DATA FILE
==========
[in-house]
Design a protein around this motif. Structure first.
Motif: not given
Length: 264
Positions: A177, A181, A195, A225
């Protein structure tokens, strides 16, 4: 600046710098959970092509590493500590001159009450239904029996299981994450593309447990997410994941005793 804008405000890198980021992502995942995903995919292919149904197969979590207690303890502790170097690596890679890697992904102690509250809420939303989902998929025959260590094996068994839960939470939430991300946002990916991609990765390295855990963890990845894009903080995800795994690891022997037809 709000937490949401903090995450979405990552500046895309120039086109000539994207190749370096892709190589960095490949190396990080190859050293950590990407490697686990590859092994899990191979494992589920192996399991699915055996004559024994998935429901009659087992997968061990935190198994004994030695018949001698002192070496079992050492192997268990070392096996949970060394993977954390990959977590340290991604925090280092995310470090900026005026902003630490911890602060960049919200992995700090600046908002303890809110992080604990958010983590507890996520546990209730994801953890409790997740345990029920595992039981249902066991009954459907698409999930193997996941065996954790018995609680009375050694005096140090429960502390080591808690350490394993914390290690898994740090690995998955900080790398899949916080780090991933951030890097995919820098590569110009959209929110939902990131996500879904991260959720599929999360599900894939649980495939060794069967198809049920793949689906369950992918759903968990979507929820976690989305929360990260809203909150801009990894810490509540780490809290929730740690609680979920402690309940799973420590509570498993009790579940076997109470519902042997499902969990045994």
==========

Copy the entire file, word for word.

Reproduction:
[in-house]
Design a protein around this motif. Structure first.
Motif: not given
Length: 264
Positions: A177, A181, A195, A225
């Protein structure tokens, strides 16, 4: 600046710098959970092509590493500590001159009450239904029996299981994450593309447990997410994941005793 804008405000890198980021992502995942995903995919292919149904197969979590207690303890502790170097690596890679890697992904102690509250809420939303989902998929025959260590094996068994839960939470939430991300946002990916991609990765390295855990963890990845894009903080995800795994690891022997037809 709000937490949401903090995450979405990552500046895309120039086109000539994207190749370096892709190589960095490949190396990080190859050293950590990407490697686990590859092994899990191979494992589920192996399991699915055996004559024994998935429901009659087992997968061990935190198994004994030695018949001698002192070496079992050492192997268990070392096996949970060394993977954390990959977590340290991604925090280092995310470090900026005026902003630490911890602060960049919200992995700090600046908002303890809110992080604990958010983590507890996520546990209730994801953890409790997740345990029920595992039981249902066991009954459907698409999930193997996941065996954790018995609680009375050694005096140090429960502390080591808690350490394993914390290690898994740090690995998955900080790398899949916080780090991933951030890097995919820098590569110009959209929110939902990131996500879904991260959720599929999360599900894939649980495939060794069967198809049920793949689906369950992918759903968990979507929820976690989305929360990260809203909150801009990894810490509540780490809290929730740690609680979920402690309940799973420590509570498993009790579940076997109470519902042997499902969990045994």